You’re running late for work and you see that your car is covered in snow. It may be tempting to clear it off in a haphazard manner, leaving patches of ice on the hood or roof. But responsible drivers know that snow and ice can fly off a moving vehicle, causing damage to people and property.
In New Jersey, it’s against the law to drive with ice or snow on your vehicle. Police offers can and will issue fines to motorists who fail to clear off their cars.
Your plans for New Year’s Eve might consist of watching the ball drop in Times Square from the comfort of your own home. However, if you’re like many New Jersey residents, you probably have a fun party or event to attend that night.
New Year’s Eve and New Year’s Day are notoriously dangerous days to be out on the road. This risk is partly due to increased traffic, late-night celebrations, and drunk driving.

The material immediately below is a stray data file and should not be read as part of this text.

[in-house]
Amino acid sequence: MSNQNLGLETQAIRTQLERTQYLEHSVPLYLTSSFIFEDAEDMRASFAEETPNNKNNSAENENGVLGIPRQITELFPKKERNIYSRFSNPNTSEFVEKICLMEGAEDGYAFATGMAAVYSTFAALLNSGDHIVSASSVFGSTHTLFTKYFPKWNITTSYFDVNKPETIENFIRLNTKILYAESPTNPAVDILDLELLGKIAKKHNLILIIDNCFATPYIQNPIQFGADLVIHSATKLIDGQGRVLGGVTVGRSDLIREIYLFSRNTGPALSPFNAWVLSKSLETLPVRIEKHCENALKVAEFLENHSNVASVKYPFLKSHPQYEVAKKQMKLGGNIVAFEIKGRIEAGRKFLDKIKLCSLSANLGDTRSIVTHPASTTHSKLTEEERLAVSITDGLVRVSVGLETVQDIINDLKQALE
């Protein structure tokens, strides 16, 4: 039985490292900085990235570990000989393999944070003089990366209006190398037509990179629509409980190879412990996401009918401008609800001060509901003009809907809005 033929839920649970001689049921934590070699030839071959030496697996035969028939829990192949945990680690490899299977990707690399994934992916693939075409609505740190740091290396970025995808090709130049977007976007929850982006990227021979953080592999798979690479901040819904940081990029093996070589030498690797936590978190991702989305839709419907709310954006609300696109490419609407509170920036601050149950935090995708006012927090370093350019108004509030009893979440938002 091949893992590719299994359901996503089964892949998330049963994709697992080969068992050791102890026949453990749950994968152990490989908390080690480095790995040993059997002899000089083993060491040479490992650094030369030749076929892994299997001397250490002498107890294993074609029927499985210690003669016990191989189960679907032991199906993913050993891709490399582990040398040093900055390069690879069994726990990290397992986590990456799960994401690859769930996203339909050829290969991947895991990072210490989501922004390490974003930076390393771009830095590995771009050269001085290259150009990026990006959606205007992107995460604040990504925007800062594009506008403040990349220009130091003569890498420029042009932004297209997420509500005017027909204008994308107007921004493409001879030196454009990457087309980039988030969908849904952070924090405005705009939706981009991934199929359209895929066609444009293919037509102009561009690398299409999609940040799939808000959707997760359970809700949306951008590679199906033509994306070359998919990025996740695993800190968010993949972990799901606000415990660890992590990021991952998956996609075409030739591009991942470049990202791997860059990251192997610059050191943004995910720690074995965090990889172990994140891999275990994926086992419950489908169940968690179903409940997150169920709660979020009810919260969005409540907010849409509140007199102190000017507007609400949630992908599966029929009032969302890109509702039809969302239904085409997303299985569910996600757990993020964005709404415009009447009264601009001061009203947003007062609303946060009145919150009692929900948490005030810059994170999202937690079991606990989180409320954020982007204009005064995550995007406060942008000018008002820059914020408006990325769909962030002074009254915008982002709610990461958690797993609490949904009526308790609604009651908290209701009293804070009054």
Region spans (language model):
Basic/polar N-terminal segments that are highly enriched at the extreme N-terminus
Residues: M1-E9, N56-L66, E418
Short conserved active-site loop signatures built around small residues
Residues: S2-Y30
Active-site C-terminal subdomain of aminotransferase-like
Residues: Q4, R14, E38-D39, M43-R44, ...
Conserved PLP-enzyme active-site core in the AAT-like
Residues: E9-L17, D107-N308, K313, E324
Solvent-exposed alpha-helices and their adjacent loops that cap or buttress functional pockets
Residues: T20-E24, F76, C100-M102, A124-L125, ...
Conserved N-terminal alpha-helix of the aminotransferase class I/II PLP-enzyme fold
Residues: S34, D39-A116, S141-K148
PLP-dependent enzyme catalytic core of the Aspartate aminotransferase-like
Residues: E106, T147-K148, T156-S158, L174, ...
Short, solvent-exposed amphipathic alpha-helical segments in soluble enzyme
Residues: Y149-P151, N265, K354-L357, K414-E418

Distracted driving is deadly. According to the National Highway Traffic Safety Administration (NHTSA), distracted driving claimed the lives of 3,450 people in 2016. Unfortunately, individuals continue to let their attention wander when they are behind the wheel, despite knowing the risk of being involved in an auto accident.
Unfortunately, fatal motor vehicle accidents continue to occur at an alarming rate. According to preliminary statistics released by the National Safety Council, 40,100 people were killed in motor vehicle accidents in 2017 and another 4.57 million people required medical attention. The number of fatalities exceeded 40,000 in 2016 as well.
In New Jersey alone, there have been approximately 371 fatalities so far this year according to public information provided by the New Jersey State Police. The fatalities by county include:
We all know that texting and driving is a problem. In fact, distracted driving kills 9 people in car accidents each day. In New Jersey, it is illegal to use a hand-held device while driving, and it is a primary offense to text and drive, meaning that an officer can pull you over and ticket you for texting and driving.